You know, I’m really digging this whole Urban-Meyer-is-so-going-to-run-the-I-formation meme that’s been making the rounds of late.
Spencer Hall chimes in.
… If throwing the I-formation in every three series keeps defensive coordinators from zeroing in on your tendencies, do it.
Listen, I was as skeptical as anyone about whether Meyer’s offense could be successfully imported into the SEC, but after last year, when his team averaged more points per game in conference play than it did in non-conference games, it’s obvious that it’s clicked. Now whether that’s due to the scheme or to the fact that the GPOOE™ is, well, the GPOOE™, it seems to me that grabbing ahold of an offensive formation that’s fairly alien to what Meyer’s been accustomed to running for the last decade as a life preserver is sort of doubling down on making sure that 2010 isn’t going to be the raging success that last year was.
But, hey, if that’s what you guys want, don’t let me stop you.
Of course, the truly cynical side of me suspects there’s another agenda at work here. Another agenda? Let’s just say I’d love to get Jesse Scroggins, he of the “They said they’re changing the offense after (Tim) Tebow graduates to a more drop back style offense and they brought in Scott Loeffler to be the OC there and that’s the kind of offense he has always run so I know it will be a good fit for me” quote, and Solomon Patton in a room together to discuss the Gator offense of the future.
Why Patton? He’s Florida’s latest commitment, about which Chris Low has to say this:
… The other thing of note with Patton is that he’s one of those prospects who sees himself playing the “Percy Position” that Percy Harvin made famous in the Gators’ spread offense. It’s a recruiting tool that figures to keep on giving for the Gators, especially with critics of the spread saying some recruits might shy away from that offense because it’s so different from what most teams are running in the NFL.
I don’t know how the man keeps his stories straight, but he’s obviously good at it.
10 responses to “All things to all men”
It’s easy to do when you’re at Linebacker U.
If it ain’t broke, don’t fix it. I really want to know who the SEC coach was that said “I hope they screw him up”, referring to Tebow. Make that two of us.
I know I am in a minority position here, but I like the new offenses I see in CFB. (I don’t consider them Meyer’s offense, he wasn’t even close to being the innovator.) Watching UF, Wake, WVU, Oregon, etc., line up in different formations, utilize motion and misdirection, direct snaps to RBs is just fun to me. It also allows teams that traditionally cannot attract enough athletes to be competitive to pull a few upsets. I would also include Texas Tech’s offense in this “spread offense”category, but prefer the slight of hand and razzle/dazzle of the ground attacks. From ground level camera angles you can see how difficult it is to defense.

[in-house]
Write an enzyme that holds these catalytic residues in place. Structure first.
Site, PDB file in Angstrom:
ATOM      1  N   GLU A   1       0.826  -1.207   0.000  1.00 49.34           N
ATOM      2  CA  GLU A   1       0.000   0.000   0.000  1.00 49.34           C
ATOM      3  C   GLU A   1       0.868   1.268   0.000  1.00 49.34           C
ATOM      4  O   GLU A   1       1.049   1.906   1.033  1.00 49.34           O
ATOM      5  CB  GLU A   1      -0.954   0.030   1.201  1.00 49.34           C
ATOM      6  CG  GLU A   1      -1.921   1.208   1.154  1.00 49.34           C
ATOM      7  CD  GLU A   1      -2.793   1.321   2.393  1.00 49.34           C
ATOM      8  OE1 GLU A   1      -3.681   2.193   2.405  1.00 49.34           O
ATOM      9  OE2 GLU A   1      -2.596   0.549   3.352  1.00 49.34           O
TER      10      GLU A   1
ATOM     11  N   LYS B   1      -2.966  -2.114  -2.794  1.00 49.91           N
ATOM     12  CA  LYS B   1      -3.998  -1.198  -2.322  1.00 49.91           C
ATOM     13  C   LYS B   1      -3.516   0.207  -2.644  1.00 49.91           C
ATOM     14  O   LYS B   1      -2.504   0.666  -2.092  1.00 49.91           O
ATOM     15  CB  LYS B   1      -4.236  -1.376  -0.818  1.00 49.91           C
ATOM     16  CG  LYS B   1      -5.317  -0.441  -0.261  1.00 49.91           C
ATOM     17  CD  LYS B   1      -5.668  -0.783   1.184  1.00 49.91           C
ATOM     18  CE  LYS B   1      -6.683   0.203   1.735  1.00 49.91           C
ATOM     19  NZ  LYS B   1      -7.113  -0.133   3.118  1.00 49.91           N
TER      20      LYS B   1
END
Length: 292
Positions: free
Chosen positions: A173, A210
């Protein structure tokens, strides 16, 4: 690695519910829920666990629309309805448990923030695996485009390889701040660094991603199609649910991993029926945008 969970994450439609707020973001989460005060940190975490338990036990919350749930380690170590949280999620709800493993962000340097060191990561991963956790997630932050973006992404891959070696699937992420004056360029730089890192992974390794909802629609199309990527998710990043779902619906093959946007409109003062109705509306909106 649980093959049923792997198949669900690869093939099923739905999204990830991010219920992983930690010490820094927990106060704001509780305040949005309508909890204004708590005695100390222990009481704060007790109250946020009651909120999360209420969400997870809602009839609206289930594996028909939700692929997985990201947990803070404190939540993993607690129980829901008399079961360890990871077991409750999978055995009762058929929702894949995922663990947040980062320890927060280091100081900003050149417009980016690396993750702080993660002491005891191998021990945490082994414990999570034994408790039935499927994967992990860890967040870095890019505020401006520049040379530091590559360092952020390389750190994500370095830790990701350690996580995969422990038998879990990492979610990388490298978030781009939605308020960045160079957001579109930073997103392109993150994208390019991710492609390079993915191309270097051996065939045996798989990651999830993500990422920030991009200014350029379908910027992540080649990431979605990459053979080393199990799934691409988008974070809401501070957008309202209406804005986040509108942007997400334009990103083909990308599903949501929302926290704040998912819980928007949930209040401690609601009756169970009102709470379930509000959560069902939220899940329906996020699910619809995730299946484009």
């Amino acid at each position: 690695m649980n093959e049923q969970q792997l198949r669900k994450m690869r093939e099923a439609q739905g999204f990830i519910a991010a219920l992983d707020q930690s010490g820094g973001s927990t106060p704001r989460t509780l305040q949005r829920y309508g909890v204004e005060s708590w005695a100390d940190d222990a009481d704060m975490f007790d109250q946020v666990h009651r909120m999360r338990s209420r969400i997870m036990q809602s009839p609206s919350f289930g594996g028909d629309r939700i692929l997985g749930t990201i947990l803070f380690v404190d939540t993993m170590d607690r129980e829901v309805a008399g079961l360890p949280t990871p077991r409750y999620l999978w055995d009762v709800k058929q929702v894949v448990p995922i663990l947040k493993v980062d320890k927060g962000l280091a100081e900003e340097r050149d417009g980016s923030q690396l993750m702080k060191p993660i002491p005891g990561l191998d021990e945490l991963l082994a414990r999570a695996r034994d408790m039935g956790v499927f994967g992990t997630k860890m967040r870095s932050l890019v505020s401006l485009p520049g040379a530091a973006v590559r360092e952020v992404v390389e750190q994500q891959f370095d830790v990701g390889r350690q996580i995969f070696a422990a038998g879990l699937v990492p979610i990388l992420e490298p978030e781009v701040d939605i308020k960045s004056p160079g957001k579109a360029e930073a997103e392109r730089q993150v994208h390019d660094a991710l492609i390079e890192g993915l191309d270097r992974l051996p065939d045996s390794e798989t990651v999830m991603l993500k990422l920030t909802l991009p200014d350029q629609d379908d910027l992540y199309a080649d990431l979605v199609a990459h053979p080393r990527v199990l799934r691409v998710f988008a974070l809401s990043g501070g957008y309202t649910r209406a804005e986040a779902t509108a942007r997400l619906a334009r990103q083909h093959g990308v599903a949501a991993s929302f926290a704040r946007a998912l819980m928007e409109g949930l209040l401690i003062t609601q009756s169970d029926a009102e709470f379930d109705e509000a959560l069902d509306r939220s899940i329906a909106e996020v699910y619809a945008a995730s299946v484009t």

I am generally a traditionalist and happy that UGA runs an “old fashioned”, time-tested offensvie scheme but as a spectator I like the versatility. UGA benefits from the fallout of athletes who prefer to prepare for the NFL (like Murray), and it is nice to succeed without being considered “gimmicky”.
It is interesting to watch the feeder levels to the NFL (HS and CFB) change to a system that is so dramatically different than what the pros utilize. While the NFL has taken a hard line publicly about this, players like Tebow, Vick, and Pat White will put pressure on the status quo. It is still about winning and this style offense can work at any level, especially as a change of pace or hybrid. It may never be more than 25% of the total offensive package, but it takes a disproportionate amount of time for a DC to prepare for teams who utilize multiple offensive looks.
I hope it’s not a minority position. One thing that makes college football so much better than the pro version for me is the variety and creativity that’s displayed on offense.
whats gimicky? is the wildcat gimicky? is handing the football to players who run sub 4.4 40s gimicky? i guess in the mid to late 90s when uga used hines ward all over the place they were being gimicky too?
I believe a good coach plays whatever system fits the talent he has and gives his team the best opportunity to win.
That being said, I would LOVE to see gainesville have to play meaningful minutes without #15. I do not want him to get seriously hurt, just to have his bell rung well enough to get somebody else in there with the game in doubt.
When you recruit at the level Florida does, you can play whatever system you want. 😉
Agreed, to a degree.
The state of Florida provides more than ample opportunity to recruit burners that can receive a handoff and make the edge. But many of them can only learn/remember a handful of plays, not to mention lacking the ability to block or catch. Furthermore, I do not really think that Florida has out recruited us by any measurable means. In fact, over the long run, I suspect we recruit more NFL caliber football players.
What gainesville does on an annual basis is limit their players exposure to the possibility of injury. They accomplish this in their scheduling, to be sure, but they also put a lot of points up aginst conference foes and rest players.
They have put together quite a remarkable run, but I imagine three QBs from now, #15 will be garnering far more credit than Corch or his recruiting prowess.
What they also do, whether we want to admit it or not, is play loose and fast on the biggest stages, whereas we do just the opposite. I don’t know if that’s a cultural thing at the high school level in FL that carries over, or if it’s a confidence thing that is borne out of the program. What’s not debatable is that when the white hot spotlight is put on UF and UGA, they embrace it and thrive whereas our guys wet the bed.
uf has some of the best blocking recievers…the tape doesnt lie…